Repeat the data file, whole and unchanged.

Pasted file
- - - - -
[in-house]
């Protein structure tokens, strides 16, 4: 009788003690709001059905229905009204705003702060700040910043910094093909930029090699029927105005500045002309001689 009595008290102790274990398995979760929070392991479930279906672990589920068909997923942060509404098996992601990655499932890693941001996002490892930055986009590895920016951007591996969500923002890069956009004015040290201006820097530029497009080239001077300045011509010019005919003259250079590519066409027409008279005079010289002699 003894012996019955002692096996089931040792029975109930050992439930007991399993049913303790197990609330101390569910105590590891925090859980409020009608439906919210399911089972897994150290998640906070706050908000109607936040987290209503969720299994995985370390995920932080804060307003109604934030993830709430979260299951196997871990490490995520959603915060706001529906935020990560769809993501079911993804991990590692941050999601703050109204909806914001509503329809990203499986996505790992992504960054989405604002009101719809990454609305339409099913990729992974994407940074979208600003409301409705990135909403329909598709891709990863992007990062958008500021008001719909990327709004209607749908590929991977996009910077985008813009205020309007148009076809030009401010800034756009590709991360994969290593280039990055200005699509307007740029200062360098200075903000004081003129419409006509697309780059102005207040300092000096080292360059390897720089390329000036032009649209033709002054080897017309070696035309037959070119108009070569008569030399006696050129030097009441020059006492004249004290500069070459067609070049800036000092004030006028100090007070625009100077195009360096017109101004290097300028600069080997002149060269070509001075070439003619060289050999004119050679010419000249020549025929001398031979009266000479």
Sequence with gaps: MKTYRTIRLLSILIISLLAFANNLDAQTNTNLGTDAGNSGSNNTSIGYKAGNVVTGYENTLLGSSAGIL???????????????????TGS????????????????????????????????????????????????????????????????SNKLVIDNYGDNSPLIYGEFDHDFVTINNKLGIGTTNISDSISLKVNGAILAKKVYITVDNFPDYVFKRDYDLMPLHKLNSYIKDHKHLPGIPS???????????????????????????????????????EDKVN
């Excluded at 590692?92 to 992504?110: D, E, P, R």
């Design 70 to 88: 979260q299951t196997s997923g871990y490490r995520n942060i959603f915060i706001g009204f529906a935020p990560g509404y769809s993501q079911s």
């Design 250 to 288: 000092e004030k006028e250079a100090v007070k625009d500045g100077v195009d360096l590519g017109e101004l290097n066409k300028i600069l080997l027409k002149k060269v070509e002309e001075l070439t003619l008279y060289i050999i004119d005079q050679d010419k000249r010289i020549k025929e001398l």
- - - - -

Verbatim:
[in-house]
């Protein structure tokens, strides 16, 4: 009788003690709001059905229905009204705003702060700040910043910094093909930029090699029927105005500045002309001689 009595008290102790274990398995979760929070392991479930279906672990589920068909997923942060509404098996992601990655499932890693941001996002490892930055986009590895920016951007591996969500923002890069956009004015040290201006820097530029497009080239001077300045011509010019005919003259250079590519066409027409008279005079010289002699 003894012996019955002692096996089931040792029975109930050992439930007991399993049913303790197990609330101390569910105590590891925090859980409020009608439906919210399911089972897994150290998640906070706050908000109607936040987290209503969720299994995985370390995920932080804060307003109604934030993830709430979260299951196997871990490490995520959603915060706001529906935020990560769809993501079911993804991990590692941050999601703050109204909806914001509503329809990203499986996505790992992504960054989405604002009101719809990454609305339409099913990729992974994407940074979208600003409301409705990135909403329909598709891709990863992007990062958008500021008001719909990327709004209607749908590929991977996009910077985008813009205020309007148009076809030009401010800034756009590709991360994969290593280039990055200005699509307007740029200062360098200075903000004081003129419409006509697309780059102005207040300092000096080292360059390897720089390329000036032009649209033709002054080897017309070696035309037959070119108009070569008569030399006696050129030097009441020059006492004249004290500069070459067609070049800036000092004030006028100090007070625009100077195009360096017109101004290097300028600069080997002149060269070509001075070439003619060289050999004119050679010419000249020549025929001398031979009266000479």
Sequence with gaps: MKTYRTIRLLSILIISLLAFANNLDAQTNTNLGTDAGNSGSNNTSIGYKAGNVVTGYENTLLGSSAGIL???????????????????TGS????????????????????????????????????????????????????????????????SNKLVIDNYGDNSPLIYGEFDHDFVTINNKLGIGTTNISDSISLKVNGAILAKKVYITVDNFPDYVFKRDYDLMPLHKLNSYIKDHKHLPGIPS???????????????????????????????????????EDKVN
């Excluded at 590692?92 to 992504?110: D, E, P, R």
């Design 70 to 88: 979260q299951t196997s997923g871990y490490r995520n942060i959603f915060i706001g009204f529906a935020p990560g509404y769809s993501q079911s």
């Design 250 to 288: 000092e004030k006028e250079a100090v007070k625009d500045g100077v195009d360096l590519g017109e101004l290097n066409k300028i600069l080997l027409k002149k060269v070509e002309e001075l070439t003619l008279y060289i050999i004119d005079q050679d010419k000249r010289i020549k025929e001398l």